'06 Volvo V50 T5 AWD MTX- Stock

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        • #5
          Originally posted by CLASSVT View Post
          Thanks for the helpful reply. The shop manager says he can push the strut down by hand and they have no rebound in them. I'm just shocked. I haven't noticed anything odd driving the car. You said it's unlikely I would notice something like this on public roads. Why is that? If there was no rebound left wouldn't the car be bouncing around like crazy?

          Edit: You said Koni's sometimes lose their gas charge but that it won't affect their performance or damping. So it's not only safe to drive but also fine as far as performance?
          That's just gas rebound, and if the gas charge has left the strut, as often happens, then the piston rod won't slowly come back out of the strut after it's fully compressed in bump, the suspension spring has to be absent to see this. The strut will still act normally to damp motion in bump and rebound, but now the suspension spring provides all the "rebound" as there isn't any gas charge to help that anymore.Very few gas charged dampers keep their gas charge for their lifetime, and many lose it pretty early, and almost no one ever notices.
          I collect Ford's Red-headed step children.
          1985 SVO Mustang (turbocharged track rat)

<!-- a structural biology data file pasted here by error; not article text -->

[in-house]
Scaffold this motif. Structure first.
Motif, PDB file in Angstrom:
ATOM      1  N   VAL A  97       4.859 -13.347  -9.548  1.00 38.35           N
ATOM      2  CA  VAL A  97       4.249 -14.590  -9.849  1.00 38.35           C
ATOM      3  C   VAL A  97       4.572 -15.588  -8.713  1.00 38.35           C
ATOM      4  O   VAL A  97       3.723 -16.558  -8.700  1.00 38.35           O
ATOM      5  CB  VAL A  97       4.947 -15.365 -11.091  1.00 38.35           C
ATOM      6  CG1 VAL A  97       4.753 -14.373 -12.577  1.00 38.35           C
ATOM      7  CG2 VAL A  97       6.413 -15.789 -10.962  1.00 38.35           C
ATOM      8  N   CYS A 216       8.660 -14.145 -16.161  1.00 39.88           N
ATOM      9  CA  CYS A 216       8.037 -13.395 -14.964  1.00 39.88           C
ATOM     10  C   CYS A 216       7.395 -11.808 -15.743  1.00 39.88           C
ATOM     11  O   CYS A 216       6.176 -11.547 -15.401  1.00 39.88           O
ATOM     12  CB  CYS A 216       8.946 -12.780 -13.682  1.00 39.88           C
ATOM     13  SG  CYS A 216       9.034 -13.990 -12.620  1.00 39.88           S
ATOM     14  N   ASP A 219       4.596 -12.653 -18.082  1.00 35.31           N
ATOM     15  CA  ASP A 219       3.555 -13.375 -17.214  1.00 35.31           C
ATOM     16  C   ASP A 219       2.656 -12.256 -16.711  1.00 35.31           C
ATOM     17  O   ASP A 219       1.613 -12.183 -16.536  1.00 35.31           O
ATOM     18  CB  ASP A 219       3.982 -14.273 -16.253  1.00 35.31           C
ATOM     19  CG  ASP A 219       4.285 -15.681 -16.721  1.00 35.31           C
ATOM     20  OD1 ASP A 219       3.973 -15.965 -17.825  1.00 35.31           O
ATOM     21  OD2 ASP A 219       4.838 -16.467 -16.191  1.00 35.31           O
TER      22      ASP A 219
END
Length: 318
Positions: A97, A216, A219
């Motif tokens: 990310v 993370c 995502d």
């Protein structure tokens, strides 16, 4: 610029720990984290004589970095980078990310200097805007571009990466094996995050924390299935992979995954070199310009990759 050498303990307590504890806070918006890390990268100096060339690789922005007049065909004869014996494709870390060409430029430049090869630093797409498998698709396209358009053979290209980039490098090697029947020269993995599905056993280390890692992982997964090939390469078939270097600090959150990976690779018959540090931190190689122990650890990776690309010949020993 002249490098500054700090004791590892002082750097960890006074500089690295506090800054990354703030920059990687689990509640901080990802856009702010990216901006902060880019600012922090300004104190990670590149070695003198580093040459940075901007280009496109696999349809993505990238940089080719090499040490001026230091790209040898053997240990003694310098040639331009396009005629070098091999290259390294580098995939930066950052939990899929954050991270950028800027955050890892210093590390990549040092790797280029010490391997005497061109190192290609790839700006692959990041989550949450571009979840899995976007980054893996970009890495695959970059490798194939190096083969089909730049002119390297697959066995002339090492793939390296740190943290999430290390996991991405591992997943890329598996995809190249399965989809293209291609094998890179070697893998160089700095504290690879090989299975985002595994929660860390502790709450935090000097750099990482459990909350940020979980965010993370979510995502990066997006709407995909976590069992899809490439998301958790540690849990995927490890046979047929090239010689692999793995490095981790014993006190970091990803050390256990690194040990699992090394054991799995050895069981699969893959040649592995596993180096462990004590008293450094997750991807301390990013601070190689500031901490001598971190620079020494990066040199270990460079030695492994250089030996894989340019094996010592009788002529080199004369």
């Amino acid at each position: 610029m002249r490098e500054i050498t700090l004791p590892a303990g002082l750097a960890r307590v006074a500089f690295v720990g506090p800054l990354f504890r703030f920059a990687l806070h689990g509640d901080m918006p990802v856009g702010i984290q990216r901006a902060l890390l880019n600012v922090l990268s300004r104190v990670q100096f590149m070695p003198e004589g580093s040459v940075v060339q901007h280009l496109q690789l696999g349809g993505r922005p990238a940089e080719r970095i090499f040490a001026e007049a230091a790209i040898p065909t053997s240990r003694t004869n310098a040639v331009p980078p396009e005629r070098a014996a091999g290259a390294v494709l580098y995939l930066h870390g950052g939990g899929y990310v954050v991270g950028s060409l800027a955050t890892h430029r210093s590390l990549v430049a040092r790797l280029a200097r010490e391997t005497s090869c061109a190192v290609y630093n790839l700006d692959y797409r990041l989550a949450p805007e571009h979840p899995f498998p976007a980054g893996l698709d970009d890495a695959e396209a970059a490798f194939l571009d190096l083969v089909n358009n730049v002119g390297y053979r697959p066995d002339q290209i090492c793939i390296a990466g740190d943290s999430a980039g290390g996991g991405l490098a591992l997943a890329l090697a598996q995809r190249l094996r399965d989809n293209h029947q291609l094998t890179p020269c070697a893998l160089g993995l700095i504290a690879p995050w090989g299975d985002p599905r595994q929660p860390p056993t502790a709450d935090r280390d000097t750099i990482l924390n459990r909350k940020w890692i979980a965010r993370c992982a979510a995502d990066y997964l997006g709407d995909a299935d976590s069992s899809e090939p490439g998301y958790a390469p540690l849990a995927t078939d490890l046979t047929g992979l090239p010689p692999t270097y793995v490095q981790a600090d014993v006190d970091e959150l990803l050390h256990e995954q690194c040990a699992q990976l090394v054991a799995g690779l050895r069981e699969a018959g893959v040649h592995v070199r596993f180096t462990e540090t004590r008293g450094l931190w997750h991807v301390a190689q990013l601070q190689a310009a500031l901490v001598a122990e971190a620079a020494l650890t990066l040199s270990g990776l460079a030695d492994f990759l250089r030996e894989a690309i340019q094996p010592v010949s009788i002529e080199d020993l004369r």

1989 Taurus SHO (supercharged track rat)
          1999 SVT Contour (Sedanus-Grocerygetter-Rapidus)
          2008 Mercury Milan Premier (Comfy boat)

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          • #6
            Creaking is more likely something connected to your sway bar. Either the bushings or the endlinks.
            You would want to check the other suspension bushings too, but the sway bar is the most common culprit by a long shot
            Your car is uglier than I am! uh...that didnt come out right.

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            • #7
              Yes, thank you. They are replacing the end links too, but they said the creaking was definitely coming from the strut mounts. Of course "definitely" is always with a grain of salt.

              99 Black SVT -3L Hybrid, Spec flywheel, MSDS, CAI, 17" Konig Tantrums, Optimized TB & Y, Baer BBK, Bassani cat-back w/ magnaflow res, Koni's w/ H&R

              '06 Volvo V50 T5 AWD MTX- Stock